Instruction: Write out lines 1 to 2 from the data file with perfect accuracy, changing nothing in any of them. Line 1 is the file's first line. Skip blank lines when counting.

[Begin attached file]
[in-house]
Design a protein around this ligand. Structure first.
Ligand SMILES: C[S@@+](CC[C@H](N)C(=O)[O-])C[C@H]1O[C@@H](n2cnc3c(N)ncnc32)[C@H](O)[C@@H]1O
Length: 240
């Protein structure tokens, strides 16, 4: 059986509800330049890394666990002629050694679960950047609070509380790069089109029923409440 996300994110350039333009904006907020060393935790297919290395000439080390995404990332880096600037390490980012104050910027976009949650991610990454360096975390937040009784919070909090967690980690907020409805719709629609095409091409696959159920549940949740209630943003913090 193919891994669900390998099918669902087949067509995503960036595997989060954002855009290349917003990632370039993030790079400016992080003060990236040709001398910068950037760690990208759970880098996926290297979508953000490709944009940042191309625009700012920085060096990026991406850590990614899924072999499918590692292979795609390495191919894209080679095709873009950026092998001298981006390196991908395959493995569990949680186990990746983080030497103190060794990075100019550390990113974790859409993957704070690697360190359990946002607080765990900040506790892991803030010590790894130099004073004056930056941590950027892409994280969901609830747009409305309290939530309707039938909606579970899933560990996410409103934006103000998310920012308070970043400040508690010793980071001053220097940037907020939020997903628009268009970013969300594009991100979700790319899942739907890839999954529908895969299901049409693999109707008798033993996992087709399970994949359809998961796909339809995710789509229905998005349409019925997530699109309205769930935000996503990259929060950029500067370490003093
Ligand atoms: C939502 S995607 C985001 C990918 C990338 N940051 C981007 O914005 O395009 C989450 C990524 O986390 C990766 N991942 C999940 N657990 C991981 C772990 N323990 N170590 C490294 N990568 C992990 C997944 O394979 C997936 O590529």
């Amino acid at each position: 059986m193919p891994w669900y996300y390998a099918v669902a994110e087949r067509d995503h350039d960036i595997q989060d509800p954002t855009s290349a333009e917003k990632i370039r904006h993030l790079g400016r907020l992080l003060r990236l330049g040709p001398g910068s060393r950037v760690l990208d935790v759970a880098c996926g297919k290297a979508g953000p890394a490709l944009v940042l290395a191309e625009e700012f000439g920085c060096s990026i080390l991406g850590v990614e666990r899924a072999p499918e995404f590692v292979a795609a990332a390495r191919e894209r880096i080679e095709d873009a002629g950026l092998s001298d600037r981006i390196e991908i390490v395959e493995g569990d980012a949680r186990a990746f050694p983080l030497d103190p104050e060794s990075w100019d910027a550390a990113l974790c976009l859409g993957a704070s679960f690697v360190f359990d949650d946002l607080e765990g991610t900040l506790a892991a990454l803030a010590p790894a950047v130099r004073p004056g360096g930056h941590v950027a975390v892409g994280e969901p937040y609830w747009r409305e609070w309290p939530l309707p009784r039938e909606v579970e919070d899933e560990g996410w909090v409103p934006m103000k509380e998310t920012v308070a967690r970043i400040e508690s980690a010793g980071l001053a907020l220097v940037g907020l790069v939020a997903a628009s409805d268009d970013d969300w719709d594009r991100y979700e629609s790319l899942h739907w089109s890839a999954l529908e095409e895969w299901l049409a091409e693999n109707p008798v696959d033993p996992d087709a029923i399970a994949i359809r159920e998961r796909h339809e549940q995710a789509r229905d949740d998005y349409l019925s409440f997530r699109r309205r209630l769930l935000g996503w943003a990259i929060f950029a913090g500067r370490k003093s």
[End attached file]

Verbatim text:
[in-house]
Design a protein around this ligand. Structure first.